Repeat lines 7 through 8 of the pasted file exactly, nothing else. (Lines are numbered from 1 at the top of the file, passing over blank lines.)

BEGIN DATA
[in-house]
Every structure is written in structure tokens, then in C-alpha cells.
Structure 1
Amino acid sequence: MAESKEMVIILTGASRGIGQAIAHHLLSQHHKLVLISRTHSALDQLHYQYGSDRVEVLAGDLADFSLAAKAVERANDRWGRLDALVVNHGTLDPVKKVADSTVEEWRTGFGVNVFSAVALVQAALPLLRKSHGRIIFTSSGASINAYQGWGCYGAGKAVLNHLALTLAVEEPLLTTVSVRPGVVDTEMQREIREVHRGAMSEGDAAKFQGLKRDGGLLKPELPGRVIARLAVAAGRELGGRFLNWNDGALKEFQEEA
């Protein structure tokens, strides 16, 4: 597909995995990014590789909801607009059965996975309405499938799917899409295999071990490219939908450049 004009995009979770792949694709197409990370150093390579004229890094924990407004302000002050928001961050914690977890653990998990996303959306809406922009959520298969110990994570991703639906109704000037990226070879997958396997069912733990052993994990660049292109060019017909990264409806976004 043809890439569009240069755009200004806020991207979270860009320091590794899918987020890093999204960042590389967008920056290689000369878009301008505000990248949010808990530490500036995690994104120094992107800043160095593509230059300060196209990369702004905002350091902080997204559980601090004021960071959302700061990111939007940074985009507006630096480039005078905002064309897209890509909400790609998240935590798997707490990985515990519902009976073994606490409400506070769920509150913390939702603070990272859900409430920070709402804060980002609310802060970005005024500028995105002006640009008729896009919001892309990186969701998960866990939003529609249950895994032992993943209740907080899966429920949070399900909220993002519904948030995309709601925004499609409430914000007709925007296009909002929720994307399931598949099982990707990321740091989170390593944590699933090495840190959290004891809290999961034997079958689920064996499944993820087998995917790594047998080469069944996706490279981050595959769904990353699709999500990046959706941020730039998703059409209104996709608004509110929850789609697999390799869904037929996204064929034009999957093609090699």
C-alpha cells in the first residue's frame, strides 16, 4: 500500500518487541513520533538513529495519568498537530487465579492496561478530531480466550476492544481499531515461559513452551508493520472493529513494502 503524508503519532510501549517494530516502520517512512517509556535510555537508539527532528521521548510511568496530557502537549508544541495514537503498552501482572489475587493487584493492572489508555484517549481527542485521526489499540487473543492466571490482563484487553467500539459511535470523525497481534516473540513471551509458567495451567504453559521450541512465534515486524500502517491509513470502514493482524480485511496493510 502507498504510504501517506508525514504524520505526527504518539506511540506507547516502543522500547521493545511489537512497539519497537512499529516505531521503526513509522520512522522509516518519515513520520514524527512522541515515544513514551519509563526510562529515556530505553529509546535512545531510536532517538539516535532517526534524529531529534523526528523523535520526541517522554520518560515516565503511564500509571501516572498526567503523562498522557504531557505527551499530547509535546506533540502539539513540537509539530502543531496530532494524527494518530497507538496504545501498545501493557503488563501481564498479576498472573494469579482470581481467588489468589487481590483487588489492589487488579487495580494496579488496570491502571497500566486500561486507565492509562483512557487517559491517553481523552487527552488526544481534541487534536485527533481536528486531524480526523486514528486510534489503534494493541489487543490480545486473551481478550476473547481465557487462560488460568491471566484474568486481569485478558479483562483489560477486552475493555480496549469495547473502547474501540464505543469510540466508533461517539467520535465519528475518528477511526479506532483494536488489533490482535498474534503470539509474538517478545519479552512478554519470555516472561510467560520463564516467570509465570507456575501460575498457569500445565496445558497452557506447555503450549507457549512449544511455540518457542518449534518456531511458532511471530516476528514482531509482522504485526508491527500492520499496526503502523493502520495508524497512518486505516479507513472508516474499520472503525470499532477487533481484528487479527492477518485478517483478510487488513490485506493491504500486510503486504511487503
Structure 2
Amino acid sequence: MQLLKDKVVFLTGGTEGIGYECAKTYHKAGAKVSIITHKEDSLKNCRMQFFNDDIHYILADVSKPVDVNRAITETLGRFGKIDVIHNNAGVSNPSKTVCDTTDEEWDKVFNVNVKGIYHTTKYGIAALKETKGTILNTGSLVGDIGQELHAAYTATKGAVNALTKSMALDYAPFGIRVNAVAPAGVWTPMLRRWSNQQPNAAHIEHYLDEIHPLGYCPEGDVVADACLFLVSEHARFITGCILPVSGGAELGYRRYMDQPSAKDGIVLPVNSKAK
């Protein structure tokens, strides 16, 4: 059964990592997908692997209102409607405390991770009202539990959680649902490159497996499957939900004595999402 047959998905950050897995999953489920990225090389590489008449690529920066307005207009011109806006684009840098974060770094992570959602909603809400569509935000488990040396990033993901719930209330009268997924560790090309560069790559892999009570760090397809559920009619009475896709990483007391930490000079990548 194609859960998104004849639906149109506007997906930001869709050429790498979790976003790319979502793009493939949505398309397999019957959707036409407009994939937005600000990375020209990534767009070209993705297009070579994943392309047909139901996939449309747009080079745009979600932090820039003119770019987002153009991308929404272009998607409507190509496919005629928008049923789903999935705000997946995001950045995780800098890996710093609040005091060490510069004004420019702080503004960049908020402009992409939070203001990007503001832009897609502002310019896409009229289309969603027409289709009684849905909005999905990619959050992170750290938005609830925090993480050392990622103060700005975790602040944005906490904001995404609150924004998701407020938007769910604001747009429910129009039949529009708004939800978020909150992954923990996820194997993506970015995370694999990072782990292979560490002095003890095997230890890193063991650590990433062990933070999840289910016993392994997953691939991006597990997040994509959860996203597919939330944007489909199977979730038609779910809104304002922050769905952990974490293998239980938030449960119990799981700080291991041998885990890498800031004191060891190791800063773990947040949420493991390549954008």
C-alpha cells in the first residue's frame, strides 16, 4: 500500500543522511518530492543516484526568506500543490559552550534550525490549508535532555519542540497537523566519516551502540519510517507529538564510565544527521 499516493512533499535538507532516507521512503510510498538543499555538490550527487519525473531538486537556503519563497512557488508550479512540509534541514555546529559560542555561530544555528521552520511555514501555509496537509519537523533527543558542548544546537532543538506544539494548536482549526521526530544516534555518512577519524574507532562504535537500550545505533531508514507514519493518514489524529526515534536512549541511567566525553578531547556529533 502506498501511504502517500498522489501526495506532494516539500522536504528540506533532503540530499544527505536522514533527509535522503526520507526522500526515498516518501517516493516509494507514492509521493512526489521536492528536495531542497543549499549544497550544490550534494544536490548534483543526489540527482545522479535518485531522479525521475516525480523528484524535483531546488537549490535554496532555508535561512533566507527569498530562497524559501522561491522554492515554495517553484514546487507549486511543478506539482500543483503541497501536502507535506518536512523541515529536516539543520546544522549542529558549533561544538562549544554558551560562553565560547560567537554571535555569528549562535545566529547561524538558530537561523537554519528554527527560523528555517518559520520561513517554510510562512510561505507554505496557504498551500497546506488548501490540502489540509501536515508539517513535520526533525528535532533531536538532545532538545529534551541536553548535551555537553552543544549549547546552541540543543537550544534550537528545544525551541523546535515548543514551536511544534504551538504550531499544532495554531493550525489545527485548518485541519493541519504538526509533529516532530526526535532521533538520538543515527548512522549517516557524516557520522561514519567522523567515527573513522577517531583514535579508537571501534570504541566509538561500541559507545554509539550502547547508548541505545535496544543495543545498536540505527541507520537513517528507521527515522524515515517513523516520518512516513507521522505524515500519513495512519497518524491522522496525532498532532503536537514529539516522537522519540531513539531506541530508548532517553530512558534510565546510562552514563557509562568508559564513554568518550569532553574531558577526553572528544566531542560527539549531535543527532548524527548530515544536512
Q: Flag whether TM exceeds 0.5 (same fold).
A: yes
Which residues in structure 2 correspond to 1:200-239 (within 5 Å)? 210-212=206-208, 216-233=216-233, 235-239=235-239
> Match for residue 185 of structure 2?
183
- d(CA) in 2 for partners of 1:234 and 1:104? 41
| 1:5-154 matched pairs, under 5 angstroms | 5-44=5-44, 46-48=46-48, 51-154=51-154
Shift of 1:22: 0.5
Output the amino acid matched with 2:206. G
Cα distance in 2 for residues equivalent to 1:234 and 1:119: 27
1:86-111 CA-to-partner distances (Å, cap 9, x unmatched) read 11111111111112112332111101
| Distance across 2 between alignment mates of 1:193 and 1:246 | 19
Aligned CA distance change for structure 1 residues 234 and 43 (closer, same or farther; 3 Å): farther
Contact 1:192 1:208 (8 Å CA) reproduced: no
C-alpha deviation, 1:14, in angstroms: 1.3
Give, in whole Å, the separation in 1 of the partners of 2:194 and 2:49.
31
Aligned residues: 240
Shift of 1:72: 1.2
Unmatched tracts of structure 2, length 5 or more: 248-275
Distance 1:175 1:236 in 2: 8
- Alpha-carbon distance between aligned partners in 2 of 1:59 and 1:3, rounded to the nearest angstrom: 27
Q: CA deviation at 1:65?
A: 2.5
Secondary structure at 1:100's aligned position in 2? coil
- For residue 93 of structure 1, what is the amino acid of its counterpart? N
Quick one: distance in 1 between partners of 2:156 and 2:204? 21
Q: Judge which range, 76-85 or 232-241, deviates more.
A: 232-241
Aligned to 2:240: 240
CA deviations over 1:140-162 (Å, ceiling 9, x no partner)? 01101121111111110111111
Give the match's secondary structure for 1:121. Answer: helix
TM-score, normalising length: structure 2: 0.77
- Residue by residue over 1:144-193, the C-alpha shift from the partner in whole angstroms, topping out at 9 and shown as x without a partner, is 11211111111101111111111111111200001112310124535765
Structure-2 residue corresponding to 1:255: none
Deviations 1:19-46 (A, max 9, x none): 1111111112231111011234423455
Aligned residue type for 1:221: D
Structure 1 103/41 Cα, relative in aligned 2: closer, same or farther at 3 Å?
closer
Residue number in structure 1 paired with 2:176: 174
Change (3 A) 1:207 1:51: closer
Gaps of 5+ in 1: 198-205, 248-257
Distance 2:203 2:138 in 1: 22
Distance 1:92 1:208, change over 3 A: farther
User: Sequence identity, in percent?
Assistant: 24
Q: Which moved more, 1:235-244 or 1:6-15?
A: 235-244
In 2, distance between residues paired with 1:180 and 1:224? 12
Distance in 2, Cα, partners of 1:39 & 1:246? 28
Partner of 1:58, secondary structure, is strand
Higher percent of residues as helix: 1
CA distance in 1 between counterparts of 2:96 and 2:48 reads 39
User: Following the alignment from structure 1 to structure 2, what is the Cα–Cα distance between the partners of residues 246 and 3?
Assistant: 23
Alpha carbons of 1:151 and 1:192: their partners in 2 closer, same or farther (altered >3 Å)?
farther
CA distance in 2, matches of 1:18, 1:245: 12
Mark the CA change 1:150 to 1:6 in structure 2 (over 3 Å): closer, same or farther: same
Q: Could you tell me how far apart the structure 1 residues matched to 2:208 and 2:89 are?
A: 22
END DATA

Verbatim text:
Structure 2
Amino acid sequence: MQLLKDKVVFLTGGTEGIGYECAKTYHKAGAKVSIITHKEDSLKNCRMQFFNDDIHYILADVSKPVDVNRAITETLGRFGKIDVIHNNAGVSNPSKTVCDTTDEEWDKVFNVNVKGIYHTTKYGIAALKETKGTILNTGSLVGDIGQELHAAYTATKGAVNALTKSMALDYAPFGIRVNAVAPAGVWTPMLRRWSNQQPNAAHIEHYLDEIHPLGYCPEGDVVADACLFLVSEHARFITGCILPVSGGAELGYRRYMDQPSAKDGIVLPVNSKAK